In science, metabolism refer so []

In 1779, Adair Crawford, in his Experiments and Observations on Animal Heat, outlined preliminary ideas on animal heat.
In 1783, Antoine Lavoisier and Pierre Laplace, in their Memoir on Heat, building on Crawford and others, began to initiate the field of metabolism, and thereafter conducted a number of experiments on humans.

In 1974, Henry Swan, in his Thermoregulation and Bioenergetics, published the following historical timeline of the development of metabolic theory: [1]

Metabolism (history)


The following are related quotes:

“If one had the kind of vision [e.g. electron microscope/quantum microscope] that allowed one [see: advanced perspective] to see molecules and were in a jungle, one would see molecules wandering about everywhere, at random. In this ceaseless wandering, one might recognize a locus in which molecules of various types were particularly concentrated, which held its form [bound state] approximately while myriads of molecules streamed in and out [turnover rate]; and that locus would be a monkey in the jungle. That continuous inflow and outflow of material [metabolism], and whatever of its structure endured, would not only make that a unique monkey from among monkeys but would ensure that it changed [see: Heraclitus] from moment to moment throughout its entire existence.”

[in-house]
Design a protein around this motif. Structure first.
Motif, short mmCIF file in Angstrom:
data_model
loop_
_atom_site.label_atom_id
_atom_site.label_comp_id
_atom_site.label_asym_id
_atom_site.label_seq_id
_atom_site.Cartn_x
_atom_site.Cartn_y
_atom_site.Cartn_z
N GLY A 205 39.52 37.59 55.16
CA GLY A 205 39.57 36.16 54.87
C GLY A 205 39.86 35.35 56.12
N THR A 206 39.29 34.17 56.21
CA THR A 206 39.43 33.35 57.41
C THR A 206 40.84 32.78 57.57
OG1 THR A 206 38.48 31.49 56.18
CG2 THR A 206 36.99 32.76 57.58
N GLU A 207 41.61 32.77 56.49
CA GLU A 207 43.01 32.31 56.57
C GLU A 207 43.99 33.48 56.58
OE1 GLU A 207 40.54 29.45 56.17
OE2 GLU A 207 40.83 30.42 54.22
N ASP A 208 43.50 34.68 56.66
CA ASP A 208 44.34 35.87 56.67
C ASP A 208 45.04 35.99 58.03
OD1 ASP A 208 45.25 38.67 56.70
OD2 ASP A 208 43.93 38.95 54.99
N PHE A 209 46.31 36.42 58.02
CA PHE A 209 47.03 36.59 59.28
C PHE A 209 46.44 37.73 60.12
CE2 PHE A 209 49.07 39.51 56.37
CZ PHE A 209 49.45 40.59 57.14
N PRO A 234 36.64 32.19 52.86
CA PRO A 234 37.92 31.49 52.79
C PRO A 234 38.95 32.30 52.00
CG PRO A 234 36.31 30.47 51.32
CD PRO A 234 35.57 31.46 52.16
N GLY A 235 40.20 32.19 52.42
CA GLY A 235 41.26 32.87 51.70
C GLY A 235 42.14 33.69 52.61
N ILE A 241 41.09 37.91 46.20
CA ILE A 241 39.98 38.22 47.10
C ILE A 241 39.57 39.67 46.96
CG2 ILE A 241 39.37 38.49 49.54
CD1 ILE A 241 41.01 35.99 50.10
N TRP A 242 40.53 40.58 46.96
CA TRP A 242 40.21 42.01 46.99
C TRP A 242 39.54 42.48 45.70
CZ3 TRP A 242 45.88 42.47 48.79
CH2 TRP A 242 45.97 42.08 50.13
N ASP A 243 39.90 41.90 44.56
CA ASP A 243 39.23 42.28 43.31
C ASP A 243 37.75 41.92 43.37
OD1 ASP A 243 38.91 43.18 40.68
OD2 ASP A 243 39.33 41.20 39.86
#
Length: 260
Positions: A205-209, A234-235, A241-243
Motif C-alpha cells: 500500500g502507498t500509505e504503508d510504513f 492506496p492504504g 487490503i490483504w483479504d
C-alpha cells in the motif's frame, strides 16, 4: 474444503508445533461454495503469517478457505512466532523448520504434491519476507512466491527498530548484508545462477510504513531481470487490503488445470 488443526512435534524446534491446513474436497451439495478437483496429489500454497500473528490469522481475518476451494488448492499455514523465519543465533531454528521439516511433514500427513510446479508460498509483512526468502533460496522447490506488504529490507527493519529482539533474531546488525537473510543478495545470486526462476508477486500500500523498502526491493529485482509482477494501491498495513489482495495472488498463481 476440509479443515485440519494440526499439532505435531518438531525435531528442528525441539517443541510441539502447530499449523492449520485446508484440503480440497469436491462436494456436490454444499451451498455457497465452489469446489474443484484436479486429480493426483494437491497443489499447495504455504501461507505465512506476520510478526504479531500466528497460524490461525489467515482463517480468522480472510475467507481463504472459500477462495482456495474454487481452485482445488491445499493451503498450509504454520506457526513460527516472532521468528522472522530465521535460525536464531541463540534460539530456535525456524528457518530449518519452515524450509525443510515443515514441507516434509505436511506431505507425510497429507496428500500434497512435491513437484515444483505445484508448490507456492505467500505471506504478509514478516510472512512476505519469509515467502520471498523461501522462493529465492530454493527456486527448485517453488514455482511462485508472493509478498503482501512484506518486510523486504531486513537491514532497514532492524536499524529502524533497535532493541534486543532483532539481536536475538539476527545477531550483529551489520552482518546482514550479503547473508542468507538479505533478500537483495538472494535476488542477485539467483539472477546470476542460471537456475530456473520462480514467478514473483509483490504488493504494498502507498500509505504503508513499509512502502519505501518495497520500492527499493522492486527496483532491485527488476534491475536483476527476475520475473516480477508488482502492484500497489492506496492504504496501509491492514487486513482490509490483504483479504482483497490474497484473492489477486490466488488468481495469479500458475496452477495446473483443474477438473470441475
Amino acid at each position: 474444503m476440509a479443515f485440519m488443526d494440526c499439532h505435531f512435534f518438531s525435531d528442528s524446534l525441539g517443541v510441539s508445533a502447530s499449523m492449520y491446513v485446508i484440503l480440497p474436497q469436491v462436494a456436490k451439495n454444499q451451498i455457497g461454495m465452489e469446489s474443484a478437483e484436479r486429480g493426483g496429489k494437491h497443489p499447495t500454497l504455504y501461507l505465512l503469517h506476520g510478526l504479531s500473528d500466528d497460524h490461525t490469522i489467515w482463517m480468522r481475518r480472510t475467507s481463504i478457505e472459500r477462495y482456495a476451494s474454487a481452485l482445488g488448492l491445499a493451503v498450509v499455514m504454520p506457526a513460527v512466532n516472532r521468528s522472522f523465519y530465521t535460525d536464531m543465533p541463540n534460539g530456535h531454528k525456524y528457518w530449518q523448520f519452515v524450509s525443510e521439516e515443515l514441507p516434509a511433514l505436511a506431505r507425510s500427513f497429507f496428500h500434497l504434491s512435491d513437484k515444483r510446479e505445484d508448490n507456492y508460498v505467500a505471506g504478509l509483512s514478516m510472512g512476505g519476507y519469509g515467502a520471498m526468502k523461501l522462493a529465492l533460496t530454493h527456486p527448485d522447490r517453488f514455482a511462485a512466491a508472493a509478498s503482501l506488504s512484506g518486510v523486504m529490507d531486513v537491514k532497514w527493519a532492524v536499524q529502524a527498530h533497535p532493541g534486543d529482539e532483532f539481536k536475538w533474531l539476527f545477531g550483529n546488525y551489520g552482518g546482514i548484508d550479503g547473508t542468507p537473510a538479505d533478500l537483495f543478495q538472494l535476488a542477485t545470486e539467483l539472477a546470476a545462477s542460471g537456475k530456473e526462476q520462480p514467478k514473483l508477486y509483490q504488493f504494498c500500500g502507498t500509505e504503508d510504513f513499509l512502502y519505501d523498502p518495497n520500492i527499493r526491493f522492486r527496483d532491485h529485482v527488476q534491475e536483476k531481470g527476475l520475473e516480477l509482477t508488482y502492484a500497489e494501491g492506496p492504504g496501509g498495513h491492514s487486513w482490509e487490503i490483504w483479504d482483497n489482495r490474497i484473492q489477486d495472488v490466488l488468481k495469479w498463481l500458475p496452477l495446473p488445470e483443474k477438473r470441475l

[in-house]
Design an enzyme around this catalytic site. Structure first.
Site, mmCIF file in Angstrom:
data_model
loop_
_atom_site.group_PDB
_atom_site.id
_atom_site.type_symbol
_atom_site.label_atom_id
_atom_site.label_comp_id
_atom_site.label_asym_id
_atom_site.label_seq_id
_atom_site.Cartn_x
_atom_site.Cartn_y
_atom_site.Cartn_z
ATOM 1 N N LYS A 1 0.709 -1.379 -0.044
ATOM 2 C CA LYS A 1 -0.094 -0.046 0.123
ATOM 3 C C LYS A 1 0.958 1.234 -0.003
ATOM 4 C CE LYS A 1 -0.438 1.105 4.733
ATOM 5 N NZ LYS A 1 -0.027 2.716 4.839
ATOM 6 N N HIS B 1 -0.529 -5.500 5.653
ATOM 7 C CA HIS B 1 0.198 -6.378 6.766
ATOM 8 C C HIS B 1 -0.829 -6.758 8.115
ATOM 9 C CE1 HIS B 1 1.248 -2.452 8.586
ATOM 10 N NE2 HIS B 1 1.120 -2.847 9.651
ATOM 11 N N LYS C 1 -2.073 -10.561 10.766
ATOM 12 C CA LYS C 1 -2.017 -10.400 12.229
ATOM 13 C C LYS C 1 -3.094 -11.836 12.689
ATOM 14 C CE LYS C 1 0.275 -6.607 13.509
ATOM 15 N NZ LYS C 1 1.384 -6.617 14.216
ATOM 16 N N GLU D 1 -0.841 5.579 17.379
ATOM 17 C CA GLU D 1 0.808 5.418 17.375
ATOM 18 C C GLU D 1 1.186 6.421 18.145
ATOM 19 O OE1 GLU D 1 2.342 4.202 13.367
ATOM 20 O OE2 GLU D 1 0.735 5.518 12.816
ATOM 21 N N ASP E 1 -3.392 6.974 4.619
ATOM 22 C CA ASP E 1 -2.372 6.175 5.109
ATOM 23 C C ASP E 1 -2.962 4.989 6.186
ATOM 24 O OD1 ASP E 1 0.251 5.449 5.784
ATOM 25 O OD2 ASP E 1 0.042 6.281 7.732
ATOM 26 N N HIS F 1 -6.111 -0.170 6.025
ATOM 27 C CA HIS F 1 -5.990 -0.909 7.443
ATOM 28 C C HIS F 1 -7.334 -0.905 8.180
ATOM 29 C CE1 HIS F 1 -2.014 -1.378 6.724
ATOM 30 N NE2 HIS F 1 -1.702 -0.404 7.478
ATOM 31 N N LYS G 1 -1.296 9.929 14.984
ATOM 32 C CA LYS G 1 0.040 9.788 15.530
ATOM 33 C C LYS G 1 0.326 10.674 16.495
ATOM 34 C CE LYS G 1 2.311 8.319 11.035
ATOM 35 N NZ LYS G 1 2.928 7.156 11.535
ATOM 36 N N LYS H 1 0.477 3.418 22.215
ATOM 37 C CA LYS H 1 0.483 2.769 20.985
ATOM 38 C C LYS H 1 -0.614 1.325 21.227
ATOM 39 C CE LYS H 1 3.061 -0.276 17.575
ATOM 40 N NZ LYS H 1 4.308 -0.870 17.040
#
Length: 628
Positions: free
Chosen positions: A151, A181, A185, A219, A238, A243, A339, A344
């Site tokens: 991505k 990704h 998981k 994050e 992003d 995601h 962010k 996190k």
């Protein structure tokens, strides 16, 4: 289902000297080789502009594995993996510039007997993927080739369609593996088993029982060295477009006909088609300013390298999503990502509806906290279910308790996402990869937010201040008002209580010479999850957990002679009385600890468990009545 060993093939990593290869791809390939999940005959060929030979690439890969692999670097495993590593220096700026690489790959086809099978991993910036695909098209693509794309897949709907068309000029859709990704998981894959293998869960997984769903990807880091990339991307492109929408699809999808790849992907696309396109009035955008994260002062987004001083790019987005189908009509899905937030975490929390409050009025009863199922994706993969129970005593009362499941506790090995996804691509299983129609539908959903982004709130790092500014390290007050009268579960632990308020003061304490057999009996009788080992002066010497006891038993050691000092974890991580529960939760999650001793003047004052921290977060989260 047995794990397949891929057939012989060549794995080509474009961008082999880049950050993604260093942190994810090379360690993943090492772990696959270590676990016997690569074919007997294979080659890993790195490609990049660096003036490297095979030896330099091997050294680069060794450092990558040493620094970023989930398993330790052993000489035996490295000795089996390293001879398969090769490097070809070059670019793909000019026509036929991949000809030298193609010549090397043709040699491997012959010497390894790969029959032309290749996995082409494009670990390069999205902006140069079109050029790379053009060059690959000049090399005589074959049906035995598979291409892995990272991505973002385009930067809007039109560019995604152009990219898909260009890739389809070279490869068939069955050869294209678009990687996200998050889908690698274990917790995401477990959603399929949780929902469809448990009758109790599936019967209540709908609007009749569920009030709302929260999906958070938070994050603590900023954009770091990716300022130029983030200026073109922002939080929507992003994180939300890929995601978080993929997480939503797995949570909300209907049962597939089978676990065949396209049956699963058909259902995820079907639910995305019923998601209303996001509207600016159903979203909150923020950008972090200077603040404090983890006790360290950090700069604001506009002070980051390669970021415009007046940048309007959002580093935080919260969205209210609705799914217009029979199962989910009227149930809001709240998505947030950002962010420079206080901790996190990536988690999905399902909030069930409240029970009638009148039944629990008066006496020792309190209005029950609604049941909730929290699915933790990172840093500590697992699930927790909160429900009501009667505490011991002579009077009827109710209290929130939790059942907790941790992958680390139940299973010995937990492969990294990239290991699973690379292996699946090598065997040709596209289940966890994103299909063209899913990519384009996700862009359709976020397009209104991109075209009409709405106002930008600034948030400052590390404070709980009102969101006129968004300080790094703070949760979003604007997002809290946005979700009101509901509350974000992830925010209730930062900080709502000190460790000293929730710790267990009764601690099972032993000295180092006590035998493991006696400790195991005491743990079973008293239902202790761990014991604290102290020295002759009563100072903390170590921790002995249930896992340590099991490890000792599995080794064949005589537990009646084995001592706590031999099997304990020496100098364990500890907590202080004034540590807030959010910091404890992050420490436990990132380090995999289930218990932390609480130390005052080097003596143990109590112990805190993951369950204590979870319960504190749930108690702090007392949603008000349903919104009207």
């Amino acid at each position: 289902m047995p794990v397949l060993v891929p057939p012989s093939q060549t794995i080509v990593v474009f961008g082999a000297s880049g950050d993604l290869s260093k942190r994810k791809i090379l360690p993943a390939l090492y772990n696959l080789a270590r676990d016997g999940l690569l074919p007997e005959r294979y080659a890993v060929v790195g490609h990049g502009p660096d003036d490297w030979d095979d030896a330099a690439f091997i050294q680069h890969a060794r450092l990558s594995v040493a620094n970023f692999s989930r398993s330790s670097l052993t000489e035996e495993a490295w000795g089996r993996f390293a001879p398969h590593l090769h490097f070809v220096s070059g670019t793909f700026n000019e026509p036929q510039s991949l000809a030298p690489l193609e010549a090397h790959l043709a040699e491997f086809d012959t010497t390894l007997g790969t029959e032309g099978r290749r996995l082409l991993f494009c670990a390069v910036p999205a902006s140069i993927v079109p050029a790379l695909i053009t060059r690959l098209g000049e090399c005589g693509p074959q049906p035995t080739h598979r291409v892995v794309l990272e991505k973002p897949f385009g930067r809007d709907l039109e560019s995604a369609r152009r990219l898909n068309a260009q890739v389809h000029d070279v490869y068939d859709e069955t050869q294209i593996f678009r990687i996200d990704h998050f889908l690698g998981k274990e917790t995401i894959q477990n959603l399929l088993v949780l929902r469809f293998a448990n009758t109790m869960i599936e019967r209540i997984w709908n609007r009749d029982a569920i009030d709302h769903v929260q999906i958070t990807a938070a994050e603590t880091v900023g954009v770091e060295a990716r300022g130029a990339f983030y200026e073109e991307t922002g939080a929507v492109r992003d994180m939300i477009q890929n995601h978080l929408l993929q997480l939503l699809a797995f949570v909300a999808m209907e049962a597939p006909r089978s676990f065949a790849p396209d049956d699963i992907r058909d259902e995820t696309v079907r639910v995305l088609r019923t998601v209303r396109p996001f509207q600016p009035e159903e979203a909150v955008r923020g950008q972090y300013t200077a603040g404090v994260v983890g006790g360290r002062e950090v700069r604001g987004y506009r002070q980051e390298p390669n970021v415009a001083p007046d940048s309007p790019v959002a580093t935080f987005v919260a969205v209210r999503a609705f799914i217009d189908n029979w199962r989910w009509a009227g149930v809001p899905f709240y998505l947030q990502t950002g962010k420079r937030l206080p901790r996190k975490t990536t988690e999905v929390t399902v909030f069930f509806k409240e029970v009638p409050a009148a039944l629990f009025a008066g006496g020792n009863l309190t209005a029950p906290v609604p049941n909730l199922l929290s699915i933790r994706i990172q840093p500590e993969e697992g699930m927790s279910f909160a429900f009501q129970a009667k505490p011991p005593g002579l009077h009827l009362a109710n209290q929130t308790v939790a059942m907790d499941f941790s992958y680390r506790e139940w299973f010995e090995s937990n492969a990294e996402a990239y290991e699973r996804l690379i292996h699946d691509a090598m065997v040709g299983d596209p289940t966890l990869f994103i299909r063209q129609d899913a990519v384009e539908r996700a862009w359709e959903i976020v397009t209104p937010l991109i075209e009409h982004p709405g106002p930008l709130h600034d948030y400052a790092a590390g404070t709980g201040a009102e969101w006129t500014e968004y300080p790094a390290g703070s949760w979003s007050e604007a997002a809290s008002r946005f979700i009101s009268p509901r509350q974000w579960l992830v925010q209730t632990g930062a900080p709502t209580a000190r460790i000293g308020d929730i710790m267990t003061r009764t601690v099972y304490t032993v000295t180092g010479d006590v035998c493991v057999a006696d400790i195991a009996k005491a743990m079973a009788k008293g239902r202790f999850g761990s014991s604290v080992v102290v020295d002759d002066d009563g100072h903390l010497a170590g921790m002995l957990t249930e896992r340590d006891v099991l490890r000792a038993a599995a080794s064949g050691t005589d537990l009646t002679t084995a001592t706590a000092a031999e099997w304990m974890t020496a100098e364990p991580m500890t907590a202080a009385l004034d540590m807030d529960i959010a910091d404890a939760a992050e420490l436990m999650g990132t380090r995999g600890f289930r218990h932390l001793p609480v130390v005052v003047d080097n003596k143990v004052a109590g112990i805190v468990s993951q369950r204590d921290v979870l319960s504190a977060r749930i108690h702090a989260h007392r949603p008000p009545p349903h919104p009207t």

Albert Szent-Gyorgyi (c.1965), Publication [2]

1. Swan, Henry. (1974). Thermoregulation and Bioenergetics: Patterns for Vertebrate Survival (pg. xi). American Elsevier Pub. Co.
2. (a) Wald, George. (1965). “Determinism, Individuality, and the Problem of Free Will” (pg. 24), in: New Views of the Nature of Man (editor: John Platt). University of Chicago Press.
(b) Scott, George P. (1985). Atoms of the Living Flame: an Odyssey into Ethics and the Physical Chemistry of Free Will (pg. 39). University Press of America.

External links
‚óŹ Metabolism – Wikipedia.

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